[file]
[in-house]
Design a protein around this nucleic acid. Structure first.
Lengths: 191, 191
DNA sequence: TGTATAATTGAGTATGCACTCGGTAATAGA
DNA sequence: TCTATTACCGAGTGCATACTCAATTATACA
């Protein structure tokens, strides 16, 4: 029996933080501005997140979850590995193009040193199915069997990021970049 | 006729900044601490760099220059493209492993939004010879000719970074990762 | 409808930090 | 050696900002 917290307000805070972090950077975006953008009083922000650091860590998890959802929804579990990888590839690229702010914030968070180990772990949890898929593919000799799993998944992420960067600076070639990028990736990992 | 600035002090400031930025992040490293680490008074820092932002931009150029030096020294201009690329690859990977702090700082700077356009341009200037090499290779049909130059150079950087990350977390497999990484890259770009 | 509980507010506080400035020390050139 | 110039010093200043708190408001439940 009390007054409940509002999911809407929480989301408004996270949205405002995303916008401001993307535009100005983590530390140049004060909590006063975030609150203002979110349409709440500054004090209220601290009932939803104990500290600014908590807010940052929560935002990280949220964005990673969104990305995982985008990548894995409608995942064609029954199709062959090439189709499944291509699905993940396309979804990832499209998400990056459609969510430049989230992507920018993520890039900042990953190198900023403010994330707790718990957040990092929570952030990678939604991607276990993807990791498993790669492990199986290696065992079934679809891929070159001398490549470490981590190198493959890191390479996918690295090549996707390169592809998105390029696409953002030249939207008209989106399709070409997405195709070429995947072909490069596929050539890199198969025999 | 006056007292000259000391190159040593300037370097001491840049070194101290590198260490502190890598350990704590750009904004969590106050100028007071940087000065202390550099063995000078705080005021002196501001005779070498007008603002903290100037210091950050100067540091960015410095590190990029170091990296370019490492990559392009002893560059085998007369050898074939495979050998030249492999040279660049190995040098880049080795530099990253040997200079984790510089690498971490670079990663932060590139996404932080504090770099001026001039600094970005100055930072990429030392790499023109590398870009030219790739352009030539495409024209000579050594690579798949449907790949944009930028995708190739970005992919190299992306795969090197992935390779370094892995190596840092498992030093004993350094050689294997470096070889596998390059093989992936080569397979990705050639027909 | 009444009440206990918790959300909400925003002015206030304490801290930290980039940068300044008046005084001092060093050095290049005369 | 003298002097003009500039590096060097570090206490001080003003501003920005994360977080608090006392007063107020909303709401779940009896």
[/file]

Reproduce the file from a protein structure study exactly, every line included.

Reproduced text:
[in-house]
Design a protein around this nucleic acid. Structure first.
Lengths: 191, 191
DNA sequence: TGTATAATTGAGTATGCACTCGGTAATAGA
DNA sequence: TCTATTACCGAGTGCATACTCAATTATACA
């Protein structure tokens, strides 16, 4: 029996933080501005997140979850590995193009040193199915069997990021970049 | 006729900044601490760099220059493209492993939004010879000719970074990762 | 409808930090 | 050696900002 917290307000805070972090950077975006953008009083922000650091860590998890959802929804579990990888590839690229702010914030968070180990772990949890898929593919000799799993998944992420960067600076070639990028990736990992 | 600035002090400031930025992040490293680490008074820092932002931009150029030096020294201009690329690859990977702090700082700077356009341009200037090499290779049909130059150079950087990350977390497999990484890259770009 | 509980507010506080400035020390050139 | 110039010093200043708190408001439940 009390007054409940509002999911809407929480989301408004996270949205405002995303916008401001993307535009100005983590530390140049004060909590006063975030609150203002979110349409709440500054004090209220601290009932939803104990500290600014908590807010940052929560935002990280949220964005990673969104990305995982985008990548894995409608995942064609029954199709062959090439189709499944291509699905993940396309979804990832499209998400990056459609969510430049989230992507920018993520890039900042990953190198900023403010994330707790718990957040990092929570952030990678939604991607276990993807990791498993790669492990199986290696065992079934679809891929070159001398490549470490981590190198493959890191390479996918690295090549996707390169592809998105390029696409953002030249939207008209989106399709070409997405195709070429995947072909490069596929050539890199198969025999 | 006056007292000259000391190159040593300037370097001491840049070194101290590198260490502190890598350990704590750009904004969590106050100028007071940087000065202390550099063995000078705080005021002196501001005779070498007008603002903290100037210091950050100067540091960015410095590190990029170091990296370019490492990559392009002893560059085998007369050898074939495979050998030249492999040279660049190995040098880049080795530099990253040997200079984790510089690498971490670079990663932060590139996404932080504090770099001026001039600094970005100055930072990429030392790499023109590398870009030219790739352009030539495409024209000579050594690579798949449907790949944009930028995708190739970005992919190299992306795969090197992935390779370094892995190596840092498992030093004993350094050689294997470096070889596998390059093989992936080569397979990705050639027909 | 009444009440206990918790959300909400925003002015206030304490801290930290980039940068300044008046005084001092060093050095290049005369 | 003298002097003009500039590096060097570090206490001080003003501003920005994360977080608090006392007063107020909303709401779940009896």